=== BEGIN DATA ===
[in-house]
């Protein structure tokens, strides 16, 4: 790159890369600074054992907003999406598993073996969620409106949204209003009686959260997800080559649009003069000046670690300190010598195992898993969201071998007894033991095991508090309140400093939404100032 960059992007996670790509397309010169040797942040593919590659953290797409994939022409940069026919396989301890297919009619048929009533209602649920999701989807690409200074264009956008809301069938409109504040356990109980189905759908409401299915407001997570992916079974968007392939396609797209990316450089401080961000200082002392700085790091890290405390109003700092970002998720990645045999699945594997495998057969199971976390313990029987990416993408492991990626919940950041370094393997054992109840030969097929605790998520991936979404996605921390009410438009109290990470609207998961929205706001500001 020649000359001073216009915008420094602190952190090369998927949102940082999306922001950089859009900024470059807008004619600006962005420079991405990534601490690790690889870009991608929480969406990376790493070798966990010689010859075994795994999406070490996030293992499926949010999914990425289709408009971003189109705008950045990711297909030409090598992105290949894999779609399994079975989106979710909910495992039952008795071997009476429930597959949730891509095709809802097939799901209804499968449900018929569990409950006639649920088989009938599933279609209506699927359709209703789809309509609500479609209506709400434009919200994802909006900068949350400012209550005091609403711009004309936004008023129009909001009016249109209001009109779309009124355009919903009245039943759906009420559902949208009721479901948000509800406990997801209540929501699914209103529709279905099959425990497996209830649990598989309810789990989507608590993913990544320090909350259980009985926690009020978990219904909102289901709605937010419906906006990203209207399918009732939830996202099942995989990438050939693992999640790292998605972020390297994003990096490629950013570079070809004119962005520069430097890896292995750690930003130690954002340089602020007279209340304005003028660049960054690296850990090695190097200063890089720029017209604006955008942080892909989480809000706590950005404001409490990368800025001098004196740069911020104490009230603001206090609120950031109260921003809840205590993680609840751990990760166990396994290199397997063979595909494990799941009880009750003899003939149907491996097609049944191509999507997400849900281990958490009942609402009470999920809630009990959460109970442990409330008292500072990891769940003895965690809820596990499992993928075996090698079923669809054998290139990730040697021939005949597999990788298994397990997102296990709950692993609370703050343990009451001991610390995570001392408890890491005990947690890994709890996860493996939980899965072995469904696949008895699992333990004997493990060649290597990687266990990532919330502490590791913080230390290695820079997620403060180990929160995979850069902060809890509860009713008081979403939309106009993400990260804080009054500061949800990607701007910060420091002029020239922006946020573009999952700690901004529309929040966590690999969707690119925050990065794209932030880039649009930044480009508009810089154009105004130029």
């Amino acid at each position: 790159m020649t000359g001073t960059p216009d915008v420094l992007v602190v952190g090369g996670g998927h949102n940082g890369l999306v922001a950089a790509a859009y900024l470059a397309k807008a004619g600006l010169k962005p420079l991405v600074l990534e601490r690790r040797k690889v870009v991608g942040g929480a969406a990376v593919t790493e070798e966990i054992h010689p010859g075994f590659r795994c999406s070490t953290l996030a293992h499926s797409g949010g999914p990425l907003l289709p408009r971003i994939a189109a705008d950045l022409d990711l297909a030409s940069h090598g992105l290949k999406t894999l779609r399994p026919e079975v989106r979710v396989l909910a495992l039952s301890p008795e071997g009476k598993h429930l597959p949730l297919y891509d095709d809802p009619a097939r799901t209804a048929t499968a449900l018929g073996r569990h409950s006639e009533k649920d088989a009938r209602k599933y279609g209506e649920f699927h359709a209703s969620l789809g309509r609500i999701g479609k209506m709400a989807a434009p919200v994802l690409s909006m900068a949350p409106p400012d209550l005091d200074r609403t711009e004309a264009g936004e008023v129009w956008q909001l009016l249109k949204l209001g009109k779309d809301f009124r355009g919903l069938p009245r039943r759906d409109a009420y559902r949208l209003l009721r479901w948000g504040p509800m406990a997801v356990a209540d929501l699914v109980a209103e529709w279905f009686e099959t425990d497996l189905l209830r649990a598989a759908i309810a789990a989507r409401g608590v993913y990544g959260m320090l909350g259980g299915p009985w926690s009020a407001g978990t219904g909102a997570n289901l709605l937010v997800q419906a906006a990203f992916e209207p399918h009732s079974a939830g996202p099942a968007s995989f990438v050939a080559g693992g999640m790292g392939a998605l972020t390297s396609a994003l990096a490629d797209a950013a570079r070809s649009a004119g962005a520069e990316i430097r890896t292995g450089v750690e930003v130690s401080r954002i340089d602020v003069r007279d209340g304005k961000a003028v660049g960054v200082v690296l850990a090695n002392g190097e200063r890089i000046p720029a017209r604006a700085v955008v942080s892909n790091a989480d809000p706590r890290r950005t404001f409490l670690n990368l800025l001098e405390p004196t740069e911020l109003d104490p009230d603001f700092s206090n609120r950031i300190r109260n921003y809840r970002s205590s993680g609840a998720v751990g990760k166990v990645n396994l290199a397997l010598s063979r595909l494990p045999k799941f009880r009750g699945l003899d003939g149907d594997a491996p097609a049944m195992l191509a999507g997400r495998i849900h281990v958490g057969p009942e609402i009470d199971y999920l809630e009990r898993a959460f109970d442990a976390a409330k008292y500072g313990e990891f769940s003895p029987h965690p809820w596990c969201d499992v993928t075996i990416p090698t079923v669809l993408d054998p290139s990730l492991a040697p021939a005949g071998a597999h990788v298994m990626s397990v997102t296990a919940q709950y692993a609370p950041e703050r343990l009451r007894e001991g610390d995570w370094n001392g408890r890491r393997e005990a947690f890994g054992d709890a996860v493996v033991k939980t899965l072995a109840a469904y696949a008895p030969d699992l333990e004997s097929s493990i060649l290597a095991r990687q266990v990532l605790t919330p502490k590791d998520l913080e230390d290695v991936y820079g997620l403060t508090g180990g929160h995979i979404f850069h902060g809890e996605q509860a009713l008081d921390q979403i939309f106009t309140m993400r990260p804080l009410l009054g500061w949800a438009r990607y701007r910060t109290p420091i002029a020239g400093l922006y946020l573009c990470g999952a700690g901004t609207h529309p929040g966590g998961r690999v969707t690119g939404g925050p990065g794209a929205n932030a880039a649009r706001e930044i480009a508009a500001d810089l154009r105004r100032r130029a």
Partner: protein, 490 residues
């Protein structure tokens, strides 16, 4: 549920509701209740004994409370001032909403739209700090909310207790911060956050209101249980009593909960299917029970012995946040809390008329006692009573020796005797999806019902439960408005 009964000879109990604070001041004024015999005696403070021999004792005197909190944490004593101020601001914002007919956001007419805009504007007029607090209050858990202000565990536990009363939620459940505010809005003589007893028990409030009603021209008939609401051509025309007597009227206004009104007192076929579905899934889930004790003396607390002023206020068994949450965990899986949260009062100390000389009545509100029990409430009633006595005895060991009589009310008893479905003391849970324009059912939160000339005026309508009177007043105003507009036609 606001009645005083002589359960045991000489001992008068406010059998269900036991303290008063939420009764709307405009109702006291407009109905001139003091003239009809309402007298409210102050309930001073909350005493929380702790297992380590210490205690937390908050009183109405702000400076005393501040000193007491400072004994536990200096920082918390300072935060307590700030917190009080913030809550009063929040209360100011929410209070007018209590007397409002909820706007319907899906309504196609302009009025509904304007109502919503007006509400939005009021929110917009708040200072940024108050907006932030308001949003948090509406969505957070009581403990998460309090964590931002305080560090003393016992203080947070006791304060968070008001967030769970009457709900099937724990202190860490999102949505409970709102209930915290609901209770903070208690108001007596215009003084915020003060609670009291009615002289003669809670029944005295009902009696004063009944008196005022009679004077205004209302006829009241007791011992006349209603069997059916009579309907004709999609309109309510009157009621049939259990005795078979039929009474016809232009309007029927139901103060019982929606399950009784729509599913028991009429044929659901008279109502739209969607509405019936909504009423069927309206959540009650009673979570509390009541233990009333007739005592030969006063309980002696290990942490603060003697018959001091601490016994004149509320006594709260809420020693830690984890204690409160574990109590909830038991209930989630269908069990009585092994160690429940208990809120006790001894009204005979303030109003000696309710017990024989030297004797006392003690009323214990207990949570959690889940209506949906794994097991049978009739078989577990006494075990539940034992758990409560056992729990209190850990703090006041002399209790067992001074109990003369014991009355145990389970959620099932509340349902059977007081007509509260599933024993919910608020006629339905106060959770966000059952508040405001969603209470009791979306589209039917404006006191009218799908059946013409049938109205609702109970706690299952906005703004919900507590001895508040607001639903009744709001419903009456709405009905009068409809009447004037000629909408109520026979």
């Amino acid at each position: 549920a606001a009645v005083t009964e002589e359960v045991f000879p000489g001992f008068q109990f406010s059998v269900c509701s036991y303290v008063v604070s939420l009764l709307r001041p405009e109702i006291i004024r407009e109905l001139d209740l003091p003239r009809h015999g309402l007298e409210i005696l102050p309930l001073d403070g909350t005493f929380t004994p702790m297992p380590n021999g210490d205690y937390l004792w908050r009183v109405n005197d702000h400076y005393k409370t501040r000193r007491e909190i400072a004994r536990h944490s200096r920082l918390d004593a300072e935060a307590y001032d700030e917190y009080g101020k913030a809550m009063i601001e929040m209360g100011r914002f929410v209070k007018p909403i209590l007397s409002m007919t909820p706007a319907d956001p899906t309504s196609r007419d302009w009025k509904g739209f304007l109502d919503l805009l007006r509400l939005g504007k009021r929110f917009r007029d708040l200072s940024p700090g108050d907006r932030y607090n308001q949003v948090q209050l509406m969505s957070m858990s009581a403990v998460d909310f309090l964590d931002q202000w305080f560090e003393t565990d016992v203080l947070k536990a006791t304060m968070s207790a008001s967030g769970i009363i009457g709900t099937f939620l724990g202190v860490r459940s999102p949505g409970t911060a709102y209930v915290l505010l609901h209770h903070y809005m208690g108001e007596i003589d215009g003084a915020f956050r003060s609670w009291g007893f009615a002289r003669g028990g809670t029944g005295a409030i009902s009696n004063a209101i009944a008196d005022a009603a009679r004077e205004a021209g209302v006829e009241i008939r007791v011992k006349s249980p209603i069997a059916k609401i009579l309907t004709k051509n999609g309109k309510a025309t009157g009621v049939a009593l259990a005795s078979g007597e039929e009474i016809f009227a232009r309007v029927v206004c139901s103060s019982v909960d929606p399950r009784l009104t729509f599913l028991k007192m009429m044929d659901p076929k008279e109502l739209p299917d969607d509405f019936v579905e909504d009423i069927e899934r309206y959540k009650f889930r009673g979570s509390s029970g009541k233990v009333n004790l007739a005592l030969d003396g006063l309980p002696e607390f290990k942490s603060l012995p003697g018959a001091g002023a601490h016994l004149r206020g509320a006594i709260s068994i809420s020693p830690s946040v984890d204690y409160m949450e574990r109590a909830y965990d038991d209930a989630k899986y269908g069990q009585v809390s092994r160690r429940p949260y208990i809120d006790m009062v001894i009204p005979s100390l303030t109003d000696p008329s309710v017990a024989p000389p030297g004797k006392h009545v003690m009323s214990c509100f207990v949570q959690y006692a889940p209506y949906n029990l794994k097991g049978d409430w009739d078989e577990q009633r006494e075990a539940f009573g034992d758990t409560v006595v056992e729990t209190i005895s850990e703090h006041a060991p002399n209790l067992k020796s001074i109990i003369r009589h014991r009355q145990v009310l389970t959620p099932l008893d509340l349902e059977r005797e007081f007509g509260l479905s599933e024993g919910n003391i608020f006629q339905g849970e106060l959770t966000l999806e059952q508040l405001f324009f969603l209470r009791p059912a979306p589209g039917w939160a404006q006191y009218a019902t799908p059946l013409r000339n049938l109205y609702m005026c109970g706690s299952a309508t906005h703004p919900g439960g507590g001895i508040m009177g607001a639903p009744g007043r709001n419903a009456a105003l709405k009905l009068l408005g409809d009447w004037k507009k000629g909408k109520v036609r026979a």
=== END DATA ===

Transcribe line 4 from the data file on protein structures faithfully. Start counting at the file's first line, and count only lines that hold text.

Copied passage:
Partner: protein, 490 residues